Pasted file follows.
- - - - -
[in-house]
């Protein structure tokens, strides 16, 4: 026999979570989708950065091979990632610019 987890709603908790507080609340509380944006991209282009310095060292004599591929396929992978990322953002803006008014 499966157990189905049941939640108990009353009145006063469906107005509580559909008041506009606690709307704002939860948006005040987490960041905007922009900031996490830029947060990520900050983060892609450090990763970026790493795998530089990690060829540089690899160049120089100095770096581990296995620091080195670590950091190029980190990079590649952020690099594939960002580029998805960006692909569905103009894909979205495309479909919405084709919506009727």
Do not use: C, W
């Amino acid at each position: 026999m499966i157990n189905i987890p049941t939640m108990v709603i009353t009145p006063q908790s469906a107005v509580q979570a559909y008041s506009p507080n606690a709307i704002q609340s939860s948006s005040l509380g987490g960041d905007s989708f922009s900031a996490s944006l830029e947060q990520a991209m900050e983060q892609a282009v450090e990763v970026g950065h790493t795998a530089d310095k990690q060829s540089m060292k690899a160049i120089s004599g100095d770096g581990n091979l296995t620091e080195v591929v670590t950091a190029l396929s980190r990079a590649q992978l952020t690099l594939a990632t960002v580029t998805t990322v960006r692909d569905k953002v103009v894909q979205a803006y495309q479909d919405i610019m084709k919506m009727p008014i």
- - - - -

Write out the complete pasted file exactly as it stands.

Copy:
[in-house]
């Protein structure tokens, strides 16, 4: 026999979570989708950065091979990632610019 987890709603908790507080609340509380944006991209282009310095060292004599591929396929992978990322953002803006008014 499966157990189905049941939640108990009353009145006063469906107005509580559909008041506009606690709307704002939860948006005040987490960041905007922009900031996490830029947060990520900050983060892609450090990763970026790493795998530089990690060829540089690899160049120089100095770096581990296995620091080195670590950091190029980190990079590649952020690099594939960002580029998805960006692909569905103009894909979205495309479909919405084709919506009727």
Do not use: C, W
């Amino acid at each position: 026999m499966i157990n189905i987890p049941t939640m108990v709603i009353t009145p006063q908790s469906a107005v509580q979570a559909y008041s506009p507080n606690a709307i704002q609340s939860s948006s005040l509380g987490g960041d905007s989708f922009s900031a996490s944006l830029e947060q990520a991209m900050e983060q892609a282009v450090e990763v970026g950065h790493t795998a530089d310095k990690q060829s540089m060292k690899a160049i120089s004599g100095d770096g581990n091979l296995t620091e080195v591929v670590t950091a190029l396929s980190r990079a590649q992978l952020t690099l594939a990632t960002v580029t998805t990322v960006r692909d569905k953002v103009v894909q979205a803006y495309q479909d919405i610019m084709k919506m009727p008014i």